Once again, our Guild will be demonstrating spinning and weaving at the annual Highland Games in Edinboro (on the Edinboro University campus) on Saturday, May 22. We will start setting up at 9:00 and demonstrate from 10-4. Admission is free for demonstrators (ask for a vendor/demonstrator button when you arrive). And, the more volunteers we have, the less time everyone needs to spend working, and the more time everyone has to enjoy the Games! There is a lot to see - bagpipers everywhere, Scottish dancing, Highland cattle, lots of Celtic crafts and vendors, and the Games themselves, featuring burly men in kilts heaving strange objects long distances! If you can volunteer for all of part of the day, please call Bonnie Crytzer. Bonnie can also give you directions, information about parking, etc.


The Venango Center Creative Development is again administering the Pennsylvania Partners in the Arts program in our area, and they are soliciting proposals for the next fiscal year. This is the program that helped fund our Rita Buchanan workshop, so we know they are willing to support the fiber arts. If we want to apply again this time around, the deadline is June 30. So, we will have to decide if we want to apply, and what project we want to seek funding for, at the June Guild meeting. So, please bring your ideas for projects, workshops, or activities for discussion in June. Also, we will need a volunteer to prepare and submit the proposal. The paperwork is moderate; what is mostly needed is an ability to write clearly and persuasively about what we want to do.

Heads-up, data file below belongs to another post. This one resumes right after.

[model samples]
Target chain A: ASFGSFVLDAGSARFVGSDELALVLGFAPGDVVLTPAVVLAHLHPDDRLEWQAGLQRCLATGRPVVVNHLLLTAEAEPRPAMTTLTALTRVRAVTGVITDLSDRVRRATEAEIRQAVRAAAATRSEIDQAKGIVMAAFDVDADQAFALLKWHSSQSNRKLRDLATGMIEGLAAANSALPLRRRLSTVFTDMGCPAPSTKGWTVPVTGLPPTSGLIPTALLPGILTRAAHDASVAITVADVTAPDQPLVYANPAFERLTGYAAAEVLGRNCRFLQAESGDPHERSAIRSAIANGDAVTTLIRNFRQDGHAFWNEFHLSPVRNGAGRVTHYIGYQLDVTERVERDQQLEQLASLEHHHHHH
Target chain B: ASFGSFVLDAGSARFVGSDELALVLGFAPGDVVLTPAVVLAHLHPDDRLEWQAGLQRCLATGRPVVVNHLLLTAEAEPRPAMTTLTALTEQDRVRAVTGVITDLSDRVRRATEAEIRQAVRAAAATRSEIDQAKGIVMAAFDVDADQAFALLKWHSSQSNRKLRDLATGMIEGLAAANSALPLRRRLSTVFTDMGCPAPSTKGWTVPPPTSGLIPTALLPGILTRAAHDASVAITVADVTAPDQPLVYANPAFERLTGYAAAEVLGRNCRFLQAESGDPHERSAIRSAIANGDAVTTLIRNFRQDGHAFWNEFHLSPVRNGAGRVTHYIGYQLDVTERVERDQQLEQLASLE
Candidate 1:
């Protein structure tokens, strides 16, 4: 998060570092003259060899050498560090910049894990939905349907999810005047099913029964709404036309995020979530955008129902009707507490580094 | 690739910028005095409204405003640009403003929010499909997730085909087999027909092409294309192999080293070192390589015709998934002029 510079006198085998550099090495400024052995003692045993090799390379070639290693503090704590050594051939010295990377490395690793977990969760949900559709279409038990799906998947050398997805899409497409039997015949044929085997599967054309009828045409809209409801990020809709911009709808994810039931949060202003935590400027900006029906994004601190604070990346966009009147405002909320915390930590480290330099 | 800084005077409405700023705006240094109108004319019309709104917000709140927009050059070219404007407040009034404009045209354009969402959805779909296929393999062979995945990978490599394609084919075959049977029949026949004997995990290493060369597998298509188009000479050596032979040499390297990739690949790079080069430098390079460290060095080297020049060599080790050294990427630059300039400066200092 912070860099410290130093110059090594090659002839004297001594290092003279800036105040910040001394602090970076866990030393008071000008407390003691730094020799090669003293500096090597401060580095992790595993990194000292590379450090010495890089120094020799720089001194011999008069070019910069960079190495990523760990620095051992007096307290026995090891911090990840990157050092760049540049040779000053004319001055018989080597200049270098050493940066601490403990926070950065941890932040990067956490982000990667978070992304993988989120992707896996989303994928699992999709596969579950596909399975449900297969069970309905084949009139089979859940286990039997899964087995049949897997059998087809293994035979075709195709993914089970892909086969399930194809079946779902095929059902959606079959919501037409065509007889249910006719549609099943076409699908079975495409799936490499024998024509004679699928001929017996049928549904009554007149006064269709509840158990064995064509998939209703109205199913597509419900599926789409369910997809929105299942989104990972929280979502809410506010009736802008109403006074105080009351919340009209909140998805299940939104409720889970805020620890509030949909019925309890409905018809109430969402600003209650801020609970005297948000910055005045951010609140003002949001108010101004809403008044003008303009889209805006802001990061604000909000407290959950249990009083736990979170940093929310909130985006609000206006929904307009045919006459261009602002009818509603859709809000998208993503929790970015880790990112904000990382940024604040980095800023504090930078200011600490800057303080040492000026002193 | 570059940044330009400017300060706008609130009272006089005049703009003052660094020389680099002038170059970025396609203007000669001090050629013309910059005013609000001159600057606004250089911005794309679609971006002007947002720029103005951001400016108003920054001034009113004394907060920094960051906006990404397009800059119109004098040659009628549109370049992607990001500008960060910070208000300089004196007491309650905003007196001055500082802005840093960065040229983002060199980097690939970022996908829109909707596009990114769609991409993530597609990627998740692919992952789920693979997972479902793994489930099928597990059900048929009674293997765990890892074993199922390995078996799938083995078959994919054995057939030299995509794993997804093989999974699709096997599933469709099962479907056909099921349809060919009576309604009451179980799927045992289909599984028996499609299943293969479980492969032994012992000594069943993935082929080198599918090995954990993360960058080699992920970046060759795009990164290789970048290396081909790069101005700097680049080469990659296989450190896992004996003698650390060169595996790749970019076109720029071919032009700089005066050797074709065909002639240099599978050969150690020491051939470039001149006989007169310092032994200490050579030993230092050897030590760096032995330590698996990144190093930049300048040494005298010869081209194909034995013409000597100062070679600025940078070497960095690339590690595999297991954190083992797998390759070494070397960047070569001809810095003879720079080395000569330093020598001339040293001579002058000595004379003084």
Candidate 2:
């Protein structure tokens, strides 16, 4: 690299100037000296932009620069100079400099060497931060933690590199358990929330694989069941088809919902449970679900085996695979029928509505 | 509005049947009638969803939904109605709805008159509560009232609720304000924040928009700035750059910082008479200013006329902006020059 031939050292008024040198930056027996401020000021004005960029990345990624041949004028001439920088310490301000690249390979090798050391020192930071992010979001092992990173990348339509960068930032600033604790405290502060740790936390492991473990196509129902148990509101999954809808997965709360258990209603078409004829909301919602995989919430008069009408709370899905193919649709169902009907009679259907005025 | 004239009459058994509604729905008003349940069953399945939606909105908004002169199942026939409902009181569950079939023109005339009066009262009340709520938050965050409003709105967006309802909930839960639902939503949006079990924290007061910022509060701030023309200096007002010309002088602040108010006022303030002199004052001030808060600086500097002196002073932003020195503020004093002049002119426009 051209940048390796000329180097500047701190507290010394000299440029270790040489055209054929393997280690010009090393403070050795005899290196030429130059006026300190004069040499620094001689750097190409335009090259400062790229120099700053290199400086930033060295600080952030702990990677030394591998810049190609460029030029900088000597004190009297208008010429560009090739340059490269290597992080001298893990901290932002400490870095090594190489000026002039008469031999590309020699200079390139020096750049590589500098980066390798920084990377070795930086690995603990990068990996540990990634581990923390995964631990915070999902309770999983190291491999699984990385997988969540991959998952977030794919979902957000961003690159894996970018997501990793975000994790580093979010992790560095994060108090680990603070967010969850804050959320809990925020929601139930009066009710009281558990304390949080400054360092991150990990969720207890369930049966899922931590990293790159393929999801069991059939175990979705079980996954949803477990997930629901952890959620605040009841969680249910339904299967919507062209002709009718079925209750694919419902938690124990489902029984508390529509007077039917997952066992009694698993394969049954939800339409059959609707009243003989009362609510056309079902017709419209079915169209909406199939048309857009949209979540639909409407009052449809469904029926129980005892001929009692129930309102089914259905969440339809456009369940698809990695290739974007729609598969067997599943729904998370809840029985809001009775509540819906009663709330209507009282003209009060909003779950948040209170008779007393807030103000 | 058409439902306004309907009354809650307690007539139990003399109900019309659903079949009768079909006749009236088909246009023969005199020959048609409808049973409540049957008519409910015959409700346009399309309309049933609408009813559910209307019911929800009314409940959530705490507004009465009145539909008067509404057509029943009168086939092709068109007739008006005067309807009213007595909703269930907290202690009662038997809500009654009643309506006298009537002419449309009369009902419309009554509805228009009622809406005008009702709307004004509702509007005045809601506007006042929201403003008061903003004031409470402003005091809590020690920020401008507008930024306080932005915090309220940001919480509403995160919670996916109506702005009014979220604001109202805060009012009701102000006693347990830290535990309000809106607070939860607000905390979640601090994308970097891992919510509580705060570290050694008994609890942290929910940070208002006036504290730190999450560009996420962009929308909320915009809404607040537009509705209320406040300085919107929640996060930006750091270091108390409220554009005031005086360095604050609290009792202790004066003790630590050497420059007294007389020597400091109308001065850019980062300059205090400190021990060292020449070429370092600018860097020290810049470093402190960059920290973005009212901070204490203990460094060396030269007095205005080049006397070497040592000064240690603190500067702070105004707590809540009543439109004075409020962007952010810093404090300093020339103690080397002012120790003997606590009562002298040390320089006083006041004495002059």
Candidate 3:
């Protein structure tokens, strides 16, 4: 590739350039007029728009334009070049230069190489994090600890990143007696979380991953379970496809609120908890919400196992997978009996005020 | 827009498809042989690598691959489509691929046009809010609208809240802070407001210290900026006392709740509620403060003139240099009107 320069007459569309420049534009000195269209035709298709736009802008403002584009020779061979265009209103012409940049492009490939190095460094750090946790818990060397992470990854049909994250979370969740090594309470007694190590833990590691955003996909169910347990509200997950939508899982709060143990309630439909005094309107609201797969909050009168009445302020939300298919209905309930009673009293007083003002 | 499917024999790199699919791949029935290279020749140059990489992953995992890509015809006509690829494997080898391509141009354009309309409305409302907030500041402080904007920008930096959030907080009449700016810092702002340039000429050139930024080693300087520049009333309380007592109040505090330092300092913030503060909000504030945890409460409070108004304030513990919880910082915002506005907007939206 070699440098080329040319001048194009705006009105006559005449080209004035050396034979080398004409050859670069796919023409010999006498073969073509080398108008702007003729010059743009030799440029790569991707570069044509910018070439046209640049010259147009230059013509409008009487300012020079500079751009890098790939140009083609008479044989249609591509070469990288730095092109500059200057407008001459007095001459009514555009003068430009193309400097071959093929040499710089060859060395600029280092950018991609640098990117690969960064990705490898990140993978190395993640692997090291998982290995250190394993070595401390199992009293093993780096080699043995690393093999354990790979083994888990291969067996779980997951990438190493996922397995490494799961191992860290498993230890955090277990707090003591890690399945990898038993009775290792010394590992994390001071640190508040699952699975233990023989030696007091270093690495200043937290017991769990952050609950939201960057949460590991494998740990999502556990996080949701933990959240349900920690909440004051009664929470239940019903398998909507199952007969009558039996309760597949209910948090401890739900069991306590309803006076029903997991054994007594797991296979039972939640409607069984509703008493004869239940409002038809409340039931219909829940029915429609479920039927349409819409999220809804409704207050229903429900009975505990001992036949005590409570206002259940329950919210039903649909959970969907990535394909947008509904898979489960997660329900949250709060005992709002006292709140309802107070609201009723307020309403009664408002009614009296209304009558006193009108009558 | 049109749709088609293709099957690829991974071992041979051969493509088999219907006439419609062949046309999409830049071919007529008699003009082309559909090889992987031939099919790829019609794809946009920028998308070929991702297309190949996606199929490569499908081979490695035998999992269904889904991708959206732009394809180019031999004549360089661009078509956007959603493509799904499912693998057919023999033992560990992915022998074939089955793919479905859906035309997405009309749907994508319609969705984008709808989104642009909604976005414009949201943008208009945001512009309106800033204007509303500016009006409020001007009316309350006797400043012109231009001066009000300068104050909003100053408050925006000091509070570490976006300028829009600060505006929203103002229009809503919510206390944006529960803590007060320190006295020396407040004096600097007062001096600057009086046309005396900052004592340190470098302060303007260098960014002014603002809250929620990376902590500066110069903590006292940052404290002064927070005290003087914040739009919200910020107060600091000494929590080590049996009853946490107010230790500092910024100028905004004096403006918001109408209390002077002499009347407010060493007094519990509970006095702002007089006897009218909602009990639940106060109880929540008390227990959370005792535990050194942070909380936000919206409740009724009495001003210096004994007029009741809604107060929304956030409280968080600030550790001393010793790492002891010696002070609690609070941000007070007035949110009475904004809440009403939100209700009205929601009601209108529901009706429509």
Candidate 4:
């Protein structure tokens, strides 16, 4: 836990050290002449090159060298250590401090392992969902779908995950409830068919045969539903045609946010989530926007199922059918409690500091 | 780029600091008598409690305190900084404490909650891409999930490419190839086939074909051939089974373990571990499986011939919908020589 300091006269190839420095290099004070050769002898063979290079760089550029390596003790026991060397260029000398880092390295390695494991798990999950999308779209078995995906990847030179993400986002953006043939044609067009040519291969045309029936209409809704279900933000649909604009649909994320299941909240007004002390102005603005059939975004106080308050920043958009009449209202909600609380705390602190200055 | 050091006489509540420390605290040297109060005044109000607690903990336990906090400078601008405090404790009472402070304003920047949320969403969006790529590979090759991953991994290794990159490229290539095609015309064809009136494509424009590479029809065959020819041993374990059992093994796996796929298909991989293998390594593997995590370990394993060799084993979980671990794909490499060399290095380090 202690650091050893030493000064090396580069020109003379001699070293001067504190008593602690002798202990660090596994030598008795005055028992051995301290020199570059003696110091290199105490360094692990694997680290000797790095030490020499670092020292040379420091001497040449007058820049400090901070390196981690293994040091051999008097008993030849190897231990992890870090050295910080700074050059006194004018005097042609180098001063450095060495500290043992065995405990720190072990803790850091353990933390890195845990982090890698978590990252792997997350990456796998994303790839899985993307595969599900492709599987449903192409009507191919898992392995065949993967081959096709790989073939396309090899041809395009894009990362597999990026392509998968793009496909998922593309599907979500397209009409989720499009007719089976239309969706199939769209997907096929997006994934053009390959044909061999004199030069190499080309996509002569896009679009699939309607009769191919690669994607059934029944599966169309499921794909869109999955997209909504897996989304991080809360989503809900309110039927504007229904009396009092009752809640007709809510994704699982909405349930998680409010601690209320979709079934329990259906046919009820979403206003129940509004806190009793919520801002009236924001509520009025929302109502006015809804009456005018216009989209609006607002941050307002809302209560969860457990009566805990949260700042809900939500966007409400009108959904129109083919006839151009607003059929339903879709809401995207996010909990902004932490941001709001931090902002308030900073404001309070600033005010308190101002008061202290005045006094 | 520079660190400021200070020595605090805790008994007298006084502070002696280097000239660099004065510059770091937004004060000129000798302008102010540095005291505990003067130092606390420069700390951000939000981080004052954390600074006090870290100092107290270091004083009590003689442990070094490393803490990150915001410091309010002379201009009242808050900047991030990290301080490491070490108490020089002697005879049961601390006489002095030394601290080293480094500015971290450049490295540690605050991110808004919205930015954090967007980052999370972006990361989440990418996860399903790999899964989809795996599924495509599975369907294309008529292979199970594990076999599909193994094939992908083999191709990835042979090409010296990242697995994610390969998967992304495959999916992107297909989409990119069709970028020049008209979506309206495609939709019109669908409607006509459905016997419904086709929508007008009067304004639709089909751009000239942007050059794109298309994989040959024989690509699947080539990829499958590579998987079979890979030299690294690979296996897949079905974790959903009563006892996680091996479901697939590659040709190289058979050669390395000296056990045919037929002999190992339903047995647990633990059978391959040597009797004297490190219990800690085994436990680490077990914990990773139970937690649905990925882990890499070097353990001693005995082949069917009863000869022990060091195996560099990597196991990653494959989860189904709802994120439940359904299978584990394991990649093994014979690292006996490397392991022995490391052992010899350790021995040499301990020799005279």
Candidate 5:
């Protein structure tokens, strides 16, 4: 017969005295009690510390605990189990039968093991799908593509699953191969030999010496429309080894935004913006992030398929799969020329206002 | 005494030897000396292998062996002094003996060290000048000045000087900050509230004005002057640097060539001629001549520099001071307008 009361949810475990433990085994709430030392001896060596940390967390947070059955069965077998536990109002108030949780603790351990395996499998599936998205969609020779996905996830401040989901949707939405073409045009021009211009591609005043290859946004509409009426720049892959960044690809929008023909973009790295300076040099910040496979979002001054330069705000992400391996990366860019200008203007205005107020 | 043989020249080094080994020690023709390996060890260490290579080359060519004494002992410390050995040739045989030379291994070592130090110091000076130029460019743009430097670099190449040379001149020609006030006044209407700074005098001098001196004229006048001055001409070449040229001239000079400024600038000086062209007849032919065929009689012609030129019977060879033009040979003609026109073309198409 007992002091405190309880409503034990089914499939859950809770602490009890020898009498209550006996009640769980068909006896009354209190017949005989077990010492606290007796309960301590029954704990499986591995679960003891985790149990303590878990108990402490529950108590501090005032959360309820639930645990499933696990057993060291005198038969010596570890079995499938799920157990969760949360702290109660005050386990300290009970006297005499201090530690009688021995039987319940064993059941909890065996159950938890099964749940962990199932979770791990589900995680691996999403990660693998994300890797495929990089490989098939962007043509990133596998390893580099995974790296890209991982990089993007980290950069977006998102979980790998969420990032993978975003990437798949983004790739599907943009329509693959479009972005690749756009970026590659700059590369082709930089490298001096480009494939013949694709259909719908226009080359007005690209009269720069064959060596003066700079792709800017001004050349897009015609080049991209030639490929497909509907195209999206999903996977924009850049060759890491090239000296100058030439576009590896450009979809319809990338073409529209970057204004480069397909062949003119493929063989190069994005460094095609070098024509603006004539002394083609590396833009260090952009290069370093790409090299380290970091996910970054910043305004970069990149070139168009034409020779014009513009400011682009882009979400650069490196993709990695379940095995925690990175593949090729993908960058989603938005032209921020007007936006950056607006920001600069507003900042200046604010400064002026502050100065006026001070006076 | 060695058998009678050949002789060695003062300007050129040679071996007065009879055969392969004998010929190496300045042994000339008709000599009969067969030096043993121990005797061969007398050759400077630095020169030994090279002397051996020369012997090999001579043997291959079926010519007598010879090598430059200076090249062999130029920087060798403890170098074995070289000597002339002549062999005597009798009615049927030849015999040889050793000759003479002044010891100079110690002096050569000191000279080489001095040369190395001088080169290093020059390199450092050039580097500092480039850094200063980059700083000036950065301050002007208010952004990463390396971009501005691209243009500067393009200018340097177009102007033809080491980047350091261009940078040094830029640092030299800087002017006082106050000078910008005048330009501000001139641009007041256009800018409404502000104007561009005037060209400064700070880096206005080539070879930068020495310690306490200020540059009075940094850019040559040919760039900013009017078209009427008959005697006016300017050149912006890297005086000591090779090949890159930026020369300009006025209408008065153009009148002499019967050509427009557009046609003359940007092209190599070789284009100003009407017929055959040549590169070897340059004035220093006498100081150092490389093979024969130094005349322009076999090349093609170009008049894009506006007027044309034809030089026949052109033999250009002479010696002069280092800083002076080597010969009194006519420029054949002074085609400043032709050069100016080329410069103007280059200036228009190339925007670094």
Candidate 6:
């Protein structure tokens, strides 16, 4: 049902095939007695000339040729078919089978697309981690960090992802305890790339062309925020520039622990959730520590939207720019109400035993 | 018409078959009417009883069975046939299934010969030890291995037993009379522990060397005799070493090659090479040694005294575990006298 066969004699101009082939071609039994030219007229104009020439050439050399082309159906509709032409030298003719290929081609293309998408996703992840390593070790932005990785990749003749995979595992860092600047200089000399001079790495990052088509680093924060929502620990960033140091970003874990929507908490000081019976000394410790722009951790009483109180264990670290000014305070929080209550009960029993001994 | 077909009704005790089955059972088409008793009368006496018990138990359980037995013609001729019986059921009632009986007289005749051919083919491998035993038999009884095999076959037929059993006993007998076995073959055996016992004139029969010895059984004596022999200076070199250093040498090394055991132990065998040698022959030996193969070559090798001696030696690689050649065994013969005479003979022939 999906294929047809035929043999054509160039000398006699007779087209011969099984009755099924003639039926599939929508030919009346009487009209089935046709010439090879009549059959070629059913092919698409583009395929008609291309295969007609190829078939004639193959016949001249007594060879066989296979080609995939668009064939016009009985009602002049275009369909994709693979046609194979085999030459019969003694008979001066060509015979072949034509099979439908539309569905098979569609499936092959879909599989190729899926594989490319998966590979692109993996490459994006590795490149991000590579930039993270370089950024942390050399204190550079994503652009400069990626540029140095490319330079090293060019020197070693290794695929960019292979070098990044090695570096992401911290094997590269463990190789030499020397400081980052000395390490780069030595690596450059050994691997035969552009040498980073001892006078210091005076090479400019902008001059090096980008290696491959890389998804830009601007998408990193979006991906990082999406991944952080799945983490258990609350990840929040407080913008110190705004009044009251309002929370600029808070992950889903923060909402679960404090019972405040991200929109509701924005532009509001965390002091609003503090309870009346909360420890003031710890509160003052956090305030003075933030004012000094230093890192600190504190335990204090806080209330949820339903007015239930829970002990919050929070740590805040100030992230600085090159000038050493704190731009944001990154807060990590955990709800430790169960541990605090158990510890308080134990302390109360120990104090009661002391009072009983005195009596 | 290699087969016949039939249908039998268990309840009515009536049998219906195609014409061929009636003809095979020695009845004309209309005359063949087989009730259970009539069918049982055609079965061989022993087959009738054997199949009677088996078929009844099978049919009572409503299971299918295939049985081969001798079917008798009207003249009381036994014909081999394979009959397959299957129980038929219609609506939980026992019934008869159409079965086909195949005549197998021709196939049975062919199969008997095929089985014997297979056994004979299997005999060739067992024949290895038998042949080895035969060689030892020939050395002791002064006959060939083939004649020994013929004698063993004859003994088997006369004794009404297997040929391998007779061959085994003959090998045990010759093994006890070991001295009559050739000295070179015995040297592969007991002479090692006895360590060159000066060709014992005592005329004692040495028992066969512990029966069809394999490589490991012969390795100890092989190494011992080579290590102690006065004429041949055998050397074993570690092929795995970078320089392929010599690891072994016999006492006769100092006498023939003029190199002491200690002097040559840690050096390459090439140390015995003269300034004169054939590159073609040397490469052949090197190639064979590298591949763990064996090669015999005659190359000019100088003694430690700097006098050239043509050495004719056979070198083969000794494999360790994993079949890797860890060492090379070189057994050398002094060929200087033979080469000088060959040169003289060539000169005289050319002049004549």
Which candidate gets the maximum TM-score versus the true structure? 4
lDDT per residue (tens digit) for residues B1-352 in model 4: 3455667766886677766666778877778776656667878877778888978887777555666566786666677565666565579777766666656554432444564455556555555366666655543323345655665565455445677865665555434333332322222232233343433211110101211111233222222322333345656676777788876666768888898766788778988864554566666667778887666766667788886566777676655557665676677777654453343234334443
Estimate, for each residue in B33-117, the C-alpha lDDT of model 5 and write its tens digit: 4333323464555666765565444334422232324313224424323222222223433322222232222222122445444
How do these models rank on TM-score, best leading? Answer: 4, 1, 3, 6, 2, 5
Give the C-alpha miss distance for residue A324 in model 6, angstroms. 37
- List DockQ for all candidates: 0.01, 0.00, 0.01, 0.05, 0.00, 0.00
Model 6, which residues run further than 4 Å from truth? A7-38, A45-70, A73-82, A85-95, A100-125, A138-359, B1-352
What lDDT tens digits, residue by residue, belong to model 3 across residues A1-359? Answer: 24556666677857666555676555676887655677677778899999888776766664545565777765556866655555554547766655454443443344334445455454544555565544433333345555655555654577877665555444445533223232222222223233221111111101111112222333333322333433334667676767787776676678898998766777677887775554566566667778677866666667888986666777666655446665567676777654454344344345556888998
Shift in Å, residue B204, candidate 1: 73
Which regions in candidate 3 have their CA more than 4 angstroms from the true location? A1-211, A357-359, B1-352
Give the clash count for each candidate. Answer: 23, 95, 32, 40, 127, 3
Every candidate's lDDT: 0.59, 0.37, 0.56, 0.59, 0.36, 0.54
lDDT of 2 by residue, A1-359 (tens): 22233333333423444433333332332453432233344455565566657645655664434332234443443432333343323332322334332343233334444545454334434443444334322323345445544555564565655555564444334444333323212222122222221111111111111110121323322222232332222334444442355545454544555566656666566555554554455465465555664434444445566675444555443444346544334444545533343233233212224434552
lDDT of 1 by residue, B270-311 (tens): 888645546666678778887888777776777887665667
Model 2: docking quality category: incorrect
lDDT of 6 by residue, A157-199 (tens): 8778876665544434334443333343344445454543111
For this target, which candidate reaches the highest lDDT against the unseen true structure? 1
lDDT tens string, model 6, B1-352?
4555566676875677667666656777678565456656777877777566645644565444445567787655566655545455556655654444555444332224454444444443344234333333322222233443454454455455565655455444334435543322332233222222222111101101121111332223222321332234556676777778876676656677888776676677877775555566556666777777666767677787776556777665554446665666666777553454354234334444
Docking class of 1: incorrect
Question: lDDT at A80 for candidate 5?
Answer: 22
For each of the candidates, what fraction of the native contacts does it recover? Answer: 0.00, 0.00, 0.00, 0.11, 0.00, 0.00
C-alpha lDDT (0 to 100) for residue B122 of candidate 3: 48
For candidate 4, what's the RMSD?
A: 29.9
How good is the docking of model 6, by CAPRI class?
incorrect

The Tuesday Spinning group continues to meet the third Tuesday of the month at Christ Episcopal Church on Diamond Park in Meadville, 10 am - 2 pm. The next meeting will be on May 18. As always, all are welcome to attend, with beginners especially encouraged. Bring a project, a wheel or handspindle, and a bag lunch. Beverages are provided; bring a treat to share if you wish.


Your humble editor is leaving for England for three weeks on June 25. So, I will putting the July Hub out earlier than usual, and the deadline for the next issue will be June 22.


Through this fall, the Kent State Fashion Museum in Kent, Ohio is hosting "A Dance of Light and Color", an exhibit of woven, brocaded, and embroidered garments, some woven in India. The museum is located at the corner of Rte 59 and South Lincoln Street in Kent, Ohio. To get directions or check when the museum is open, call them at 330-672-3450.

The annual Great Lakes Sheep and Wool Show will be held Saturday, May 29, and Sunday, May 30, at the Wayne County Fairgrounds in Wooster, Ohio. There will be a llama show, sheep show, fleece competition, workshops and demonstrations, and a number of vendors. For more information, contact Linda Reichert,

Fiberfest will again be held at Lake Farmpark, Kirtland, Ohio. The "Forum" (classes and workshops) will be held at the Lakeland Community College from June 23-25 (Wednesday through Saturday). The "Festival" (show, vendors, etc.) will be held at Lake Farmpark on Saturday, June 26 and Sunday, June 27. For more information, write to Fiberfest 1999, 8800 Chardon Road, Kirtland, OH 44094, or visit their Web site,